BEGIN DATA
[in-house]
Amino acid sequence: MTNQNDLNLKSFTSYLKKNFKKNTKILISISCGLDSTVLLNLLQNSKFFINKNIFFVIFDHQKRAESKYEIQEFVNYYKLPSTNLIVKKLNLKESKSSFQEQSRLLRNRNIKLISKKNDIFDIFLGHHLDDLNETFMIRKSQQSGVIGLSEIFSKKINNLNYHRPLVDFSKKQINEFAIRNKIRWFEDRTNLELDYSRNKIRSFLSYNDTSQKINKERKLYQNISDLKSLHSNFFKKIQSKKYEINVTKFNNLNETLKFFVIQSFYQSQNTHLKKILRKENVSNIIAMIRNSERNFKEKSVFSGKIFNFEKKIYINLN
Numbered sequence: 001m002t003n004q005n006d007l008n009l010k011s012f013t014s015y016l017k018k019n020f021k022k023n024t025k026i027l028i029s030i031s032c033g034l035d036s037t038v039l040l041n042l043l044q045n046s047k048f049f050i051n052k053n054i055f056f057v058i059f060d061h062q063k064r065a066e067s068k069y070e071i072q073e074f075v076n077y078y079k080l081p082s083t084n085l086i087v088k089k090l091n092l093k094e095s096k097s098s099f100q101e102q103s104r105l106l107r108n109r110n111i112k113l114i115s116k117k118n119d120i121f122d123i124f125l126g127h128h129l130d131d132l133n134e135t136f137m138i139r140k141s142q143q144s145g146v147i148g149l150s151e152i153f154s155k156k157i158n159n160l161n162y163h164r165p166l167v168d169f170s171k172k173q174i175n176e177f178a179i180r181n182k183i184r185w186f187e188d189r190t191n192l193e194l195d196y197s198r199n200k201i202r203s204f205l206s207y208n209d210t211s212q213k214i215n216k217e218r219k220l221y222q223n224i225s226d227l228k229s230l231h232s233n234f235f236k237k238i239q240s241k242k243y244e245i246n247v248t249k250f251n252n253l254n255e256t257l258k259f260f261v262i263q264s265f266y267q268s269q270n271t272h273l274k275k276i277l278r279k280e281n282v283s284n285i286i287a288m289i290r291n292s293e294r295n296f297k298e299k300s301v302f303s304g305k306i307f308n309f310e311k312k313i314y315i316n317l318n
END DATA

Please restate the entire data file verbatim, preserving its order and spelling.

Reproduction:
[in-house]
Amino acid sequence: MTNQNDLNLKSFTSYLKKNFKKNTKILISISCGLDSTVLLNLLQNSKFFINKNIFFVIFDHQKRAESKYEIQEFVNYYKLPSTNLIVKKLNLKESKSSFQEQSRLLRNRNIKLISKKNDIFDIFLGHHLDDLNETFMIRKSQQSGVIGLSEIFSKKINNLNYHRPLVDFSKKQINEFAIRNKIRWFEDRTNLELDYSRNKIRSFLSYNDTSQKINKERKLYQNISDLKSLHSNFFKKIQSKKYEINVTKFNNLNETLKFFVIQSFYQSQNTHLKKILRKENVSNIIAMIRNSERNFKEKSVFSGKIFNFEKKIYINLN
Numbered sequence: 001m002t003n004q005n006d007l008n009l010k011s012f013t014s015y016l017k018k019n020f021k022k023n024t025k026i027l028i029s030i031s032c033g034l035d036s037t038v039l040l041n042l043l044q045n046s047k048f049f050i051n052k053n054i055f056f057v058i059f060d061h062q063k064r065a066e067s068k069y070e071i072q073e074f075v076n077y078y079k080l081p082s083t084n085l086i087v088k089k090l091n092l093k094e095s096k097s098s099f100q101e102q103s104r105l106l107r108n109r110n111i112k113l114i115s116k117k118n119d120i121f122d123i124f125l126g127h128h129l130d131d132l133n134e135t136f137m138i139r140k141s142q143q144s145g146v147i148g149l150s151e152i153f154s155k156k157i158n159n160l161n162y163h164r165p166l167v168d169f170s171k172k173q174i175n176e177f178a179i180r181n182k183i184r185w186f187e188d189r190t191n192l193e194l195d196y197s198r199n200k201i202r203s204f205l206s207y208n209d210t211s212q213k214i215n216k217e218r219k220l221y222q223n224i225s226d227l228k229s230l231h232s233n234f235f236k237k238i239q240s241k242k243y244e245i246n247v248t249k250f251n252n253l254n255e256t257l258k259f260f261v262i263q264s265f266y267q268s269q270n271t272h273l274k275k276i277l278r279k280e281n282v283s284n285i286i287a288m289i290r291n292s293e294r295n296f297k298e299k300s301v302f303s304g305k306i307f308n309f310e311k312k313i314y315i316n317l318n